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Perler Beads How To: Ultimate Guide for Beginners!

If you’ve never used perler beads before (also called hama beads), this is your ultimate guide! Learn how to use them, plus tips and tricks. This is a craft that is fun for both kids AND adults!

How to Use Perler Beads

If you’ve never worked with perler beads, I’m so excited you’re here! Many of you might be like me, and have tried them when you were a child – so now you want to try them with your children.

You’ve made the right choice. They are an amazing kids’ craft.

BUT they are also a fun craft for adults. Not all perler bead patterns are for the littlest littles! There are plenty for teens, and even old folks such as myself. Luckily when it comes to crafting – age is really just a number!

Huge pile of colorful perler beads

This guide is going to introduce you to perler beads, also known as hama beads, melty beads, fuse beads, and nabbi beads. (they are all the same thing). I’ll also go over the basic process and then some FAQs about them.

Once you’re done learning, you can get a ton of patterns at the end of this post. Then your journey can really begin!

And in terms of beginnings, I think the best place to start with this post is by explaining the material you’re going to be working with. Then we’ll get into the simple FIVE step process, and then I’ll answer some Frequently Asked Questions!

And if you have a question? Leave it as a comment on this post. I’d love to answer it! Let’s dive in.

What are perler beads?

A perler bead is a small, round plastic bead with a hole in the center. They’re made from a food-grade plastic called low-density polyethylene, and are heat activated.

The beads are placed together on individual plastic pegboards in a pattern and/or shape, and then melted together with the heat from an iron. What can you make with them? Just about everything!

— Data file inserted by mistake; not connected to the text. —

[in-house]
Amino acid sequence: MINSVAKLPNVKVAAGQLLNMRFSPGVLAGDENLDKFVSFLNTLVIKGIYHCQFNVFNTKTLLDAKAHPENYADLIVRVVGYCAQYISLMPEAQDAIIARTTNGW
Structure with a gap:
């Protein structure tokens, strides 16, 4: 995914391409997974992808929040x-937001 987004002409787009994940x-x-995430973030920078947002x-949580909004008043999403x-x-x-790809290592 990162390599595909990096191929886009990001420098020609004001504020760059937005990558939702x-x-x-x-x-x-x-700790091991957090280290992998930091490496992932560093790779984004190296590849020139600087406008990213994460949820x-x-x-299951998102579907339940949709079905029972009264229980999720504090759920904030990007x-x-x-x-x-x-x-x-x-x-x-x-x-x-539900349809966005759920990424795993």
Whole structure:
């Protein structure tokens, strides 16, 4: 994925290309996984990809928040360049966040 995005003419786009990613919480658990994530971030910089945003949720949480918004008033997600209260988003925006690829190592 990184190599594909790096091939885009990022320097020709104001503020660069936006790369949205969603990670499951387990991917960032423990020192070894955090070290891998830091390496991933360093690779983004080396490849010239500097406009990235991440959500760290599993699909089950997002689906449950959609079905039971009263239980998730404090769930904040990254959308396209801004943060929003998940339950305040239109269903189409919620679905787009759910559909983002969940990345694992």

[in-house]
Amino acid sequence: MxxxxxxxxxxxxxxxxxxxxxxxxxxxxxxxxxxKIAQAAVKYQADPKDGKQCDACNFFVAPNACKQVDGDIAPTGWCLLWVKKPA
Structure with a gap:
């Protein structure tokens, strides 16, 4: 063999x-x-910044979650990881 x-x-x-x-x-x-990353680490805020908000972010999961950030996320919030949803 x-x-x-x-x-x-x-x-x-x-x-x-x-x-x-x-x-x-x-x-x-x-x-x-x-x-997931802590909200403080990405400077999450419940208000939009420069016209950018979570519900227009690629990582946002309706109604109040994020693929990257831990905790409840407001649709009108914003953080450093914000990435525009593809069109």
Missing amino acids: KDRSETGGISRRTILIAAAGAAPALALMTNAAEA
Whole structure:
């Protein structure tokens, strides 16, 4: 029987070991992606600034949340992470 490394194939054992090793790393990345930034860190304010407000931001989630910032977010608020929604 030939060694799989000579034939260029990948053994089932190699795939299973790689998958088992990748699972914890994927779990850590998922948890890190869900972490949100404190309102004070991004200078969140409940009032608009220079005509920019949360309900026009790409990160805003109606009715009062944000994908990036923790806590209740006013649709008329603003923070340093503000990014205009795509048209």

A single perler bead measures 5.07mm high x 4.77mm wide. This can vary depending on the brand.

And just a little trivia: the perler story was started in Cloverdale, CA in 1981 by Peter and Dee Dee Schneck. National Perler Day began in 2019 and is now on August 8th of every year.

Perler bead pattern ideas

Why are they fun?

There are limitless designs you can make with melty beads! You can make basic items like ornaments and coasters (because they are plastic, they repel water!). You can glue them together. You can make 3D items. And there’s no mess.

For kids, they’re great for exploring creativity. But children will also develop hand-eye coordination and fine motor skills. You can also use them for color recognition and basic counting. They are recommended by occupational therapists for working on grasp and strengthening fingers.

For adults, it’s all about relaxing. They remind me of adult coloring, except with beads instead of pencils. I find that you have to be very mindful when you use hama beads. I love them!

The Perler Bead Process

There are five basic steps to using fuse beads. I’ll go through them in more detail below.

  1. Pick a Pattern
  2. Choose a Board and Beads
  3. Place the Beads on the Pegboard
  4. Melt them Together on the Pegboard
  5. Remove and Iron the Other Side

To accomplish these steps, you’re going to need a pattern, beads, plastic pegboard(s), parchment paper, and an iron. I also like to use plastic tweezers, but those are optional. You will want to work on a heat safe surface.

Perler beads, ironing paper, pegboard, plastic tweezers, and mini iron

Pick a Pattern

The first step is to pick a pattern that you would like to use with your melty beads. We have a Pinterest board of patterns here. You can also get a ton from the perler website.

Choose a Board and Beads

Choose the pegboard that fits your pattern. There are many shapes of boards, and some can be linked together if they have plastic tabs on the ends.

You can see examples below. The ones I use the most are the circle, square, and heart (which does more than just hearts). But there are a ton of specialized shapes too! And as you can see, the boards come in different colors.

There’s no difference between clear and the colors, but you can place a pattern below the clear and see it.

Perler bead pegboards

After you pick your board, grab the beads you’ll need based on the pattern you chose.

Note: count the pattern rows and columns to make sure that you have a large enough board!

Place the Beads on the Pegboard

Now you’re ready to get rolling! Place the pattern under the pegboard if it’s clear, and start placing the beads. I find that starting in the center of the pattern is usually easiest for me, so I can start in the center of the board.

Placing a bead onto the pegboard with tweezers

You’ll place a bead directly onto each peg on the board required to make the pattern. Keep going until all the beads needed are placed.

Placing the last purple bead into a rainbow design with tweezers

Melt Them Together on the Pegboard

Heat your iron to the medium setting (no steam). Place ironing paper or parchment paper over the beads on the pegboard. Be gentle so you don’t disturb the beads underneath.

Ironing paper laid over the beads